Daymé Arocena-Cubafonía.

When it comes to music, nowadays, the world is a much smaller place that it used to. Especially when compared to the sixties, seventies or even the eighties. Back then, it was almost impossible to discover music from anywhere other than North America, parts of Europe or Britain. It was impossible to discover the delights of African, Eastern European, Latin American or Cuban music. Eventually, this began to change, after the birth of the internet.

This was a game-changer for record buyers worldwide. So was the changing political climate. Eastern Europe was now open for business, while many countries were now regarded as tourist destinations. People were exposed to different types of music when they holidayed in South America, the Caribbean, parts of Africa and in Cuba. However, for most people, the internet was the start of a musical voyage of discovery.

Suddenly, they were able to discover music from all over the world. Soon, online marketplaces meant that record buyers were able to buy music from all over the world. Record buyers were regularly buying LPs from Asia, South America, Africa and Eastern Europe. This new generation of record buyers had truly  eclectic taste.

Soon, new independent record labels were being founded to specifically cater for the eclectic taste of this new breed of discerning record buyers. They took a different approach to compilations and reissues. Suddenly, record shops were stocking compilations of African, Latin American and Cuban music. For many artists that featured on these compilations, this the big break that they had been waiting for. It certainly was the case for Daymé Arocena, who first came to prominence in 2014 on Havana Cultura Mix-The Soundclash!, which was released on  Gilles Peterson’s Brownswood Recordings.

Three years later, and Daymé Arocena recently released her sophomore album Cubafonía on Brownswood Recordings. It’s the followup to Nueva Era, which was released in 2015. Cubafonía  is a carefully crafted and accomplished album from Daymé Arocena, who was destined to become a singer.

The Daymé Arocena story is one of triumphing over adversity. She was born in Havana in 1994, and grew up in a two bedroom house with twenty-one other people. It was far from an ideal start in life. However, it was where Daymé Arocena first heard and experienced the countless different and disparate rumba rhythms. They regularly filled the house, and were akin to a joyous call to dance. From an early age, Daymé Arocena was immersed in the different types of Cuban music. This was the start of her lifelong love affair with music.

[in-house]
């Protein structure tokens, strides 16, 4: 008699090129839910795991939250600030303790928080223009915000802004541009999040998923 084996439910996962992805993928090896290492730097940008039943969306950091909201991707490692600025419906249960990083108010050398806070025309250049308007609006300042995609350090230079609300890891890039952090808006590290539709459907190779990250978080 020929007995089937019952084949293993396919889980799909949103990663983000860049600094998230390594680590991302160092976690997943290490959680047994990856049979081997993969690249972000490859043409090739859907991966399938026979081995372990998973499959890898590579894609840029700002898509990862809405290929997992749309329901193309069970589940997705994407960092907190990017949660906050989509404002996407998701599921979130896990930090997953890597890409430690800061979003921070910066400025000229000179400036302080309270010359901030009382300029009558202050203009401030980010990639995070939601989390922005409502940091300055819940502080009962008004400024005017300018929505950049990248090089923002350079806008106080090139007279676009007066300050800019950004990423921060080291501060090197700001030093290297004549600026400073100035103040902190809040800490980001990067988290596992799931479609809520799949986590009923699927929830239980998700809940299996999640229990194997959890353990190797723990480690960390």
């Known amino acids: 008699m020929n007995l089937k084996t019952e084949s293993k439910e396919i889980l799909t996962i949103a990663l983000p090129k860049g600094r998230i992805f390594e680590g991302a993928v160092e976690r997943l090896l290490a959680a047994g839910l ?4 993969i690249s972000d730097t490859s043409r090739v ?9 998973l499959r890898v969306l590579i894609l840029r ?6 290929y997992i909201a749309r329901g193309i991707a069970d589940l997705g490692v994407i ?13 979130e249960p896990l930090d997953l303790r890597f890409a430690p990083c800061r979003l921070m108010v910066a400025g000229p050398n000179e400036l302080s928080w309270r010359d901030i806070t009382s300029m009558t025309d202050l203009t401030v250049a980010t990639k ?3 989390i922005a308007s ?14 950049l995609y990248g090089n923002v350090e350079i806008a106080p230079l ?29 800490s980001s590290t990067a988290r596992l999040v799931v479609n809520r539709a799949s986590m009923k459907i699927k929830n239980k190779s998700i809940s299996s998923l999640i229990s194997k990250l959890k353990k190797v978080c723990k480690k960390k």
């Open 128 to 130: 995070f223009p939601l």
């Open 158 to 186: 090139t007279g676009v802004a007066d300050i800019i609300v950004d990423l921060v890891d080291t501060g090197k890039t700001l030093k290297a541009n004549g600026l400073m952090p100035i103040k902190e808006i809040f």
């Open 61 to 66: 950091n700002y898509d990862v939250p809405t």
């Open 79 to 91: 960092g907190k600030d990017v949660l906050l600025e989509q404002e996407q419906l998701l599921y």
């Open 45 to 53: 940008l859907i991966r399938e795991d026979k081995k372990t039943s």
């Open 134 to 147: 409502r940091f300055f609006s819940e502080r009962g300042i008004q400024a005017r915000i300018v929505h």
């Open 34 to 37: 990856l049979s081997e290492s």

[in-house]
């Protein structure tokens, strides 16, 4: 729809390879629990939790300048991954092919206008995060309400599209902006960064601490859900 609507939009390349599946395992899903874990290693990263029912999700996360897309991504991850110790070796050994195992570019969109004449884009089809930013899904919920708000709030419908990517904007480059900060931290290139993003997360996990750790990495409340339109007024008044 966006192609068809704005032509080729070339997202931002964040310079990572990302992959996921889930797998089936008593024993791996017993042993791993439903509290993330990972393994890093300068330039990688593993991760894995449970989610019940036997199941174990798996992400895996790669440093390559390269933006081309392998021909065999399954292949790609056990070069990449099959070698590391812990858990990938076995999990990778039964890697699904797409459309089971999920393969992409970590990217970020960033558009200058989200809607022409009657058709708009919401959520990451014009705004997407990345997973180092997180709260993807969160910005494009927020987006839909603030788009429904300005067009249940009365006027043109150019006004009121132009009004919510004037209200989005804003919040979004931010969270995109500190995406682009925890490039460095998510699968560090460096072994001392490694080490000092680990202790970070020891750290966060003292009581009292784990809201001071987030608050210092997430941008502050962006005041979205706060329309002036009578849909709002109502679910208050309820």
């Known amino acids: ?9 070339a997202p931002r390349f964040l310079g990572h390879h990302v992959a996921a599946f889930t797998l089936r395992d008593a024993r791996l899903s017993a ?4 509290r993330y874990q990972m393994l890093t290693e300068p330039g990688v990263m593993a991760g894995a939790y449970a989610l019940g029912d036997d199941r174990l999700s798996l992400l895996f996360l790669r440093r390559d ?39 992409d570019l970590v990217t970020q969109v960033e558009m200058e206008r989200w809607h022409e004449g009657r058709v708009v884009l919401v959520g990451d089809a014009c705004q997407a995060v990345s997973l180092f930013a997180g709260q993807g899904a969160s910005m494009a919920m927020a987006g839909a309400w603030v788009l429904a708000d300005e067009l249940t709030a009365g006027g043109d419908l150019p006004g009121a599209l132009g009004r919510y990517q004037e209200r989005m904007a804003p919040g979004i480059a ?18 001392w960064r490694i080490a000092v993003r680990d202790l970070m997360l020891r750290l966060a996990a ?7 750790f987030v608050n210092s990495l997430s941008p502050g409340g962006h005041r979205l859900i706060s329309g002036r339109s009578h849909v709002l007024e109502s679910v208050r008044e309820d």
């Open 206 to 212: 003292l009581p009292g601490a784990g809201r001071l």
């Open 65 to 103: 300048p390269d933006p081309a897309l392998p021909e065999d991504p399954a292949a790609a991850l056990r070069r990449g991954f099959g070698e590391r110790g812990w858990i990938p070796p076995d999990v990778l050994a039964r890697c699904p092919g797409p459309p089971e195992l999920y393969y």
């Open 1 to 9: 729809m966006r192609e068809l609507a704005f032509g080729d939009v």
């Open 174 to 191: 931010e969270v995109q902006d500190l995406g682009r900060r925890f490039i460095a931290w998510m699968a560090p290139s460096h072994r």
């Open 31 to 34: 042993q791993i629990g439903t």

By the age of nine, Daymé Arocena had entered one of Havana’s most prestigious, state-funded classical conservatoires. Already, Daymé Arocena had come a long way from her humble beginnings.

As classical training progressed, Daymé Arocena was encouraged to try and learn to play the piano, violin and guitar. Soon, though, she discovered that her voice was the instrument she could make the best use of. Already Daymé Arocena was showing signs of becoming one of the future stars of Cuban music. 

Despite this, Daymé Arocena turned her attention to choir directing whilst at the prestigious classical conservatoire. That was also where she joined several children’s bands. Later, this  included  the fusion jazz quintet Sumsum Corda, which Daymé Arocena joined in 2010. It embarked upon tours of Nicaragua and Norway. However, despite playing fusion, Daymé Arocena never forgot her musical roots. That would be the case throughout Daymé Arocena’s career, which would blossom over the next few years.

Having enjoyed being a member of Joaquin Betancourt’s big band, Daymé Arocena decided that the time was right to form her own band. This lead to Daymé Arocena founding Alami, an all-girl band.

In 2013, Alami were invited to play at the Jazz Plaza Festival by Canadian saxophonist Jane Bunnet. They must have made an impression on Jane Bunnet, who later, asked Alami to join her new project Maqueque.

For Alami, this was the start of a new and exciting chapter in their career. Jane Bunnet and Maqueque collaborated on what became eponymous debut album. It was released in 2014, and won the 2015 Juno Award, in Best Album Jazz category. By then, a new chapter in Daymé Arocena’s career was well underway.

Over the last couple of years, Daymé Arocena’s music came to the attention of a Havana Cultura, which helps to promote  contemporary Cuban culture. Through Havana Cultura, Daymé Arocena  came to the attention of broadcaster, DJ, promoter and record label founder Gilles Peterson in 2014. By then  Daymé Arocena was one of Cuban music’s rising stars.

Gilles Peterson met Daymé Arocena and was so impressed by the twenty year old that he invited her to become part of his latest  project. Havana Cultura Mix-The Soundclash! was the first album from what was billed as Gilles Peterson Presents Havana Cultura. Daymé Arocena played a starring role on the compilation, contributing vocals to U Knew Before, Me Lleva La Habana and Sandunga. One of the highlights of the compilation was U Knew Before, which featured a vocal masterclass from Daymé Arocena.